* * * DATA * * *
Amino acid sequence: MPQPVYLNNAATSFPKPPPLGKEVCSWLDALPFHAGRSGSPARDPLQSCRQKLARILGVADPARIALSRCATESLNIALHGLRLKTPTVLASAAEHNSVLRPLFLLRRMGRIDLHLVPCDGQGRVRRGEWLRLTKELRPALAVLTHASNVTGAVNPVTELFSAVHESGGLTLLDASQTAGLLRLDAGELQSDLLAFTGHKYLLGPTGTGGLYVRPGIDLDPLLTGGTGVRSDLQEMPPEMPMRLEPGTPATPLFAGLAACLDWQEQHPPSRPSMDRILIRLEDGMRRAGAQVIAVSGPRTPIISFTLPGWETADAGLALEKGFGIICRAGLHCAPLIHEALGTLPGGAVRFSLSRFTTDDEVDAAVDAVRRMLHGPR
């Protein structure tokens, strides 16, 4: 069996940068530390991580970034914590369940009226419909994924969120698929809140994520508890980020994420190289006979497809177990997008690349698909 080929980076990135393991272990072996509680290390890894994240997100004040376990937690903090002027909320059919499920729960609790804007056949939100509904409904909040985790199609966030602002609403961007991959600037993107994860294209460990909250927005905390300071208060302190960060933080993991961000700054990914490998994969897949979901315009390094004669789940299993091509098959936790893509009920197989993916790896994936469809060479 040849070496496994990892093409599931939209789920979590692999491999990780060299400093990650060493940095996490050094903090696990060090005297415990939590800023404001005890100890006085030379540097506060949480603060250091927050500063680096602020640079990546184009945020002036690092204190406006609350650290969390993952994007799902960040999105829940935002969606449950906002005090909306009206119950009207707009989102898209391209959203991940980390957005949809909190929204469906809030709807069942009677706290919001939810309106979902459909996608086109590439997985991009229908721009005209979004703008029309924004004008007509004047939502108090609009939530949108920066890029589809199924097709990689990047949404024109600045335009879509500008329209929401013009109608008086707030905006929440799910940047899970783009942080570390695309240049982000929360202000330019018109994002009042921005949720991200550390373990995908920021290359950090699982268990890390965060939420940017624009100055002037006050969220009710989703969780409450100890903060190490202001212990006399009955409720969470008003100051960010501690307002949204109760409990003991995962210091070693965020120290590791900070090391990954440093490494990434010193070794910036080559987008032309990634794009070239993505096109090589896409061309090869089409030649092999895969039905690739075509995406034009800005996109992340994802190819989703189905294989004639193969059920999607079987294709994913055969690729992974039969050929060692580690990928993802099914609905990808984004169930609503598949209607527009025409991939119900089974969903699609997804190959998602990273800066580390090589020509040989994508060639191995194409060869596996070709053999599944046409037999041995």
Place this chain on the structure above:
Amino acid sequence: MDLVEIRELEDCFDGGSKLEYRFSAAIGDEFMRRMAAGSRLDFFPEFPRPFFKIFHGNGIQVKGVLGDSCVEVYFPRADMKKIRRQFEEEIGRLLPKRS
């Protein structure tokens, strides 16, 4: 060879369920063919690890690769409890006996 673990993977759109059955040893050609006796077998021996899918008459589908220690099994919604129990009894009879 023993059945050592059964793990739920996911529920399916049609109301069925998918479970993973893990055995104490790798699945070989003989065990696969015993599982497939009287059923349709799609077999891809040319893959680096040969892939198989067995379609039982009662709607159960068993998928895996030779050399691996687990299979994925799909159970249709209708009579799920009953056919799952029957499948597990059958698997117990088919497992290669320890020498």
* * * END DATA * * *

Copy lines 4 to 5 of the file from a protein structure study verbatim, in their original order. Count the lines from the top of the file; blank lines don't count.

Amino acid sequence: MDLVEIRELEDCFDGGSKLEYRFSAAIGDEFMRRMAAGSRLDFFPEFPRPFFKIFHGNGIQVKGVLGDSCVEVYFPRADMKKIRRQFEEEIGRLLPKRS
């Protein structure tokens, strides 16, 4: 060879369920063919690890690769409890006996 673990993977759109059955040893050609006796077998021996899918008459589908220690099994919604129990009894009879 023993059945050592059964793990739920996911529920399916049609109301069925998918479970993973893990055995104490790798699945070989003989065990696969015993599982497939009287059923349709799609077999891809040319893959680096040969892939198989067995379609039982009662709607159960068993998928895996030779050399691996687990299979994925799909159970249709209708009579799920009953056919799952029957499948597990059958698997117990088919497992290669320890020498």